Unit 7 imperative mood and genitive case
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Unit 7: Imperative Mood and Genitive Case. Notes 7.1. Learning Goals: By the end of the lesson students will be able to:. Understand the concepts of the imperative mood and possession . Recognize nouns that would take the genitive case in Latin and/or show possession in English.

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Learning goals by the end of the lesson students will be able to
Learning Goals: By the end of the lesson students will be able to:

  • Understand the concepts of the imperative mood and possession.

  • Recognize nouns that would take the genitive case in Latin and/or show possession in English.

  • Translate words, phrases, and sentences that use imperative mood and/or genitive case.

Do you remember
Do you remember…? able to:

  • Genitive case is for nouns that show possession.

  • The genitive singular ending is provided in the vocabulary information for every noun and tells which declension a noun is.

    • -ae= 1st declension

    • -i = 2nd declension

Possession able to:

  • Possession means owning something.

  • How do we indicate ownership in English?

  • The simplest thing we do is use a small piece of punctuation called an apostrophe (’).

    • Sarah’s house is just down the street.

      • The house belongs to Sarah.

    • The teacher could not read the student’s handwriting.

      • The handwriting belongs to the student.

    • The television crew filmed the protesters’ signs for the evening news.

      • Notice how the position of the apostrophe changes when the word is plural? If the word ends in –s, the apostrophe goes on the end of the word.

Other ways to show ownership
Other ways to show ownership: able to:

  • There are a couple of other ways English shows ownership:

    • The preposition “of” can be used to show ownership.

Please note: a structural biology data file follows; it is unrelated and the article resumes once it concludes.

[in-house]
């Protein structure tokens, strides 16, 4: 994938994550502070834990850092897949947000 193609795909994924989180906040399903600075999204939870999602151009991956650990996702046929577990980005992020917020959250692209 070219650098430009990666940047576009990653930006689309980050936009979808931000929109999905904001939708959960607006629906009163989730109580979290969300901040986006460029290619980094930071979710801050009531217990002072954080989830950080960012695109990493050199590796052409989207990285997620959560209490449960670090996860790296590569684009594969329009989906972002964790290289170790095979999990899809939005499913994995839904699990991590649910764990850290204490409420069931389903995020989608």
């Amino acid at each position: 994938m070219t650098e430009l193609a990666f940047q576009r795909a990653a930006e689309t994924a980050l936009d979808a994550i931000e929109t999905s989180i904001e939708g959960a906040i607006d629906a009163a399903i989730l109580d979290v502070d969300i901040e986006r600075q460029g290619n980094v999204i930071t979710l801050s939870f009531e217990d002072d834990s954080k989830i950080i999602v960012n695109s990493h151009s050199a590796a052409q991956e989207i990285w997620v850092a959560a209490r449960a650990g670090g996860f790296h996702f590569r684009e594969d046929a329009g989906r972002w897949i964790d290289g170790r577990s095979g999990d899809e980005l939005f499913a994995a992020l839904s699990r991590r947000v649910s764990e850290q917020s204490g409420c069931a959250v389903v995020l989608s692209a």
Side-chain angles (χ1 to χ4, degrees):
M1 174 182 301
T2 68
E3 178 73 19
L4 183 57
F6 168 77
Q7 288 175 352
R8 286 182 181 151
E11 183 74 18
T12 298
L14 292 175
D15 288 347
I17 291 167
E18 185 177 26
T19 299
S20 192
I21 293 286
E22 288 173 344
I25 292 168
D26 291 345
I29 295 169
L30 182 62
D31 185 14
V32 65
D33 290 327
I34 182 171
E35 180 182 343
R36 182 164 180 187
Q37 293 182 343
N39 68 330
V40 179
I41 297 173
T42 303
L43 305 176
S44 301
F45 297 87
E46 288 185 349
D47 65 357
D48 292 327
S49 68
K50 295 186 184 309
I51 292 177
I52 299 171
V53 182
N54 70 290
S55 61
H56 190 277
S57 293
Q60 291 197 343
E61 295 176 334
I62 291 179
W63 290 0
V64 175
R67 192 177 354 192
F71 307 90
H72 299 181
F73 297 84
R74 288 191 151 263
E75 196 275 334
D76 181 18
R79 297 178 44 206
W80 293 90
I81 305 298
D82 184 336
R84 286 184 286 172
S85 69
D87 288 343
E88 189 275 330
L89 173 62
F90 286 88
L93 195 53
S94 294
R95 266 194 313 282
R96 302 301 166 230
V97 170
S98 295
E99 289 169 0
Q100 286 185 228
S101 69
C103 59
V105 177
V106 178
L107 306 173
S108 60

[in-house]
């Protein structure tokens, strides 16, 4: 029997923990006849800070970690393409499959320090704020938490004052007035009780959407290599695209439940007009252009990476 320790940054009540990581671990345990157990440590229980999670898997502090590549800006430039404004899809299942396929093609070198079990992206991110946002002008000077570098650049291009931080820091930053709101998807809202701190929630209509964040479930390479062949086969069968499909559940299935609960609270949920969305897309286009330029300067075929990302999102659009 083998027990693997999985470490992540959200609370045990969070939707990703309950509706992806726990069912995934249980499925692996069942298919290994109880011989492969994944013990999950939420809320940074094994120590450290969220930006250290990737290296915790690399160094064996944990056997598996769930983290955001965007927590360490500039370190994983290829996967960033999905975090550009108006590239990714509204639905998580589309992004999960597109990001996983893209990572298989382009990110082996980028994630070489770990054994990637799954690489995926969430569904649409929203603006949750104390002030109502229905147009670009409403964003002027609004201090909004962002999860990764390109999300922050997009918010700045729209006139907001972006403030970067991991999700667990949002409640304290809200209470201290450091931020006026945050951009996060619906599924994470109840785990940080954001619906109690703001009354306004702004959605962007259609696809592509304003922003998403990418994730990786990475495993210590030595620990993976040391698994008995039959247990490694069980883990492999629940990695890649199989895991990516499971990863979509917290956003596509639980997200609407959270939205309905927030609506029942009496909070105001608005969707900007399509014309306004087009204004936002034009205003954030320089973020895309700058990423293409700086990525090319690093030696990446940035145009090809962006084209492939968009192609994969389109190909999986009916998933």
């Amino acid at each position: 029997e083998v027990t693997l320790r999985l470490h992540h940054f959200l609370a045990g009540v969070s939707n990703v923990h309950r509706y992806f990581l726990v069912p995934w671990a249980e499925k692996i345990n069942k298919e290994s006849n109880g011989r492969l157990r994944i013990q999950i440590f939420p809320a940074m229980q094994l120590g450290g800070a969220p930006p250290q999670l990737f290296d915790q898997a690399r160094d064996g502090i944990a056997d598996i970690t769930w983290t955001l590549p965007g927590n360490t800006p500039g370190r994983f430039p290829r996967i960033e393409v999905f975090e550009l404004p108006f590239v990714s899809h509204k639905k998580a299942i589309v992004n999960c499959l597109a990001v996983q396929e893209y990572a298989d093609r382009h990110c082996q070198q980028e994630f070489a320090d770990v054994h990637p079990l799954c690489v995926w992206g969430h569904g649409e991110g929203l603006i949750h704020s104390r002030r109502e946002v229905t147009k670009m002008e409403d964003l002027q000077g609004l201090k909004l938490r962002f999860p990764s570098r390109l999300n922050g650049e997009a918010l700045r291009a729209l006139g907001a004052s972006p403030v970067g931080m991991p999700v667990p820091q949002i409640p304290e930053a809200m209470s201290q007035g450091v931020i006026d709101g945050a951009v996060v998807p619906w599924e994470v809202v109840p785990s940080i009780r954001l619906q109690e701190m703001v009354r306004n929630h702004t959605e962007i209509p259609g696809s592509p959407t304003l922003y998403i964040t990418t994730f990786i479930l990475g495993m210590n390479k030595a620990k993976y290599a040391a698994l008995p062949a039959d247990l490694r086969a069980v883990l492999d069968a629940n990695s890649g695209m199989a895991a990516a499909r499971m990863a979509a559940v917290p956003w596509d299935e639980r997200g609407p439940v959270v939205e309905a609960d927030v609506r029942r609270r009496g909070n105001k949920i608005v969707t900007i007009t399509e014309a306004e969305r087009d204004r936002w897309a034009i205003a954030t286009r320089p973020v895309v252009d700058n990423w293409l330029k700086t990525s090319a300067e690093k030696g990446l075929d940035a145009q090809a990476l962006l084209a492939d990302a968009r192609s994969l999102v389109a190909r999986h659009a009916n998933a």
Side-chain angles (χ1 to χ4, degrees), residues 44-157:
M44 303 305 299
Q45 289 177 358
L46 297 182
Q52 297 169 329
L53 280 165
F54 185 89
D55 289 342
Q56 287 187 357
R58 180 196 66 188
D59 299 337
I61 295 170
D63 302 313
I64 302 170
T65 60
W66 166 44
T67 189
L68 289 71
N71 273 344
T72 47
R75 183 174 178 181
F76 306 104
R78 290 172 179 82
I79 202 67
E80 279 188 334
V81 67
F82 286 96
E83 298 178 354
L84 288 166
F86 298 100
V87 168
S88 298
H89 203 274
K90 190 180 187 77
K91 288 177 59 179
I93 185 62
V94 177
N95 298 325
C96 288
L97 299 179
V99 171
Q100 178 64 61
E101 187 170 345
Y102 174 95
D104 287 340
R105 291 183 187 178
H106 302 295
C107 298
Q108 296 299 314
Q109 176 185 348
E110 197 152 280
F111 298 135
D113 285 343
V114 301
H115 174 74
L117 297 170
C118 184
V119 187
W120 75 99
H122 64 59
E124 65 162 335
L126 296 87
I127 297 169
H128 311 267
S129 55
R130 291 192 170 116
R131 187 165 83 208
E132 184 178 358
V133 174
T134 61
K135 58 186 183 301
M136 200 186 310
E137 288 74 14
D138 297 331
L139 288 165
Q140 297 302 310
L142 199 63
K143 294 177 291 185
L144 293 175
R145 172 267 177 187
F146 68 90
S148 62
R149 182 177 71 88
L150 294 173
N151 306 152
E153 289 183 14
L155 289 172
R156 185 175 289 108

• Sam is a friend of mine.

      • The jewels of the queen are stored in a vault.

    • We also use possessive adjectives (my, mine, your(s), our(s), their(s), his, her(s), its).

    • These last examples are adjectives, not nouns, so we will NOT be dealing with them in this unit.

      • Your mom told them to clean their room.

Summary able to:

  • When you know that a noun is in the genitive case you have 2 options to translate it:

    • ’s or s’ (depending on if it’s singular or plural)

    • The preposition of.

The endings
The able to:endings:

1st declension:

2nddeclension masculine:

2nd declension neuter:











-us, -ius,-(e)r







































How can you tell the genitive from the other endings that are the same? The trick is to test the others out first. If it’s nominative the verb must end in –nt. If it’s dative it must have a verb of giving, showing, or telling. If you have eliminated the others, it must be genitive!

Examples able to:

  • Villa Marcellaeest in Italiā.

    • The summer house of Marcella is in Italy.

    • Marcella’s summer house is in Italy.

  • Verbamagistrimemoriātenebat.

    • He was remembering the words of the teacher.

    • He was remembering the teacher’s words.

  • In tabernāfabulaspuerorumaudiebamus.

    • We were listening to the stories of the boys in the shop.

    • We were listening to the boys’ stories in the shop.

Onto a new topic
Onto a new topic… able to:

  • Now, onto something really, really easy!

  • The imperative mood is the verbal command.

  • The command is used to order someone to do something.

  • There is no subject stated for a command. Rather, the subject is implied.

  • Examples:

    • Give me a hand with this, please!

      • To whom am I speaking?

        • You! The implied subject is you.

    • Watch me do this!

    • Listen to me!

Notice that the English verb has NOTHING with it! No subject, no ending, no helping verb. It’s only the verb itself. This makes it very easy to translate.

Imperative mood in latin
Imperative Mood in Latin able to:

  • To make the imperative mood verb follow these rules:

  • When speaking to one person:

    2nd p. part / drop the –re / leave it alone.

  • When speaking to more than one person:

    2ndp. part / drop the –re / add –te.

  • Note: Remember to adjust the short stem vowel for 3rd and 3rd –io verbs. Change the –e to an –i in the plural. ONLY in the plural!

Examples: able to:

  • Dona! – Give! Donate! – Give!

  • Habe! – Have! Habete! – Have!

  • Pone! – Put! Ponite! – Put!

  • Cape! – Take! Capite! – Take!

  • Audi! – Listen! Audite! – Listen!

Examples: able to:

  • Salve, Gloria!

    • Hello, Gloria!

  • Salvete, discipuli!

    • Hello, students!

  • Scribe epistulamhodie!

    • Write the letter today!

  • Narrafabulampuellae, si places!

    • Tell the girl the story, please!

Unit 7 imperative mood and genitive case

Quid able to:agis? How are you doing?

Class practice 7 1
Class Practice 7.1 able to:

  • Form and translate the imperatives for the following:

    • dono

    • monstro

    • scio

    • lego

  • Decline the following:

    • puella

    • signum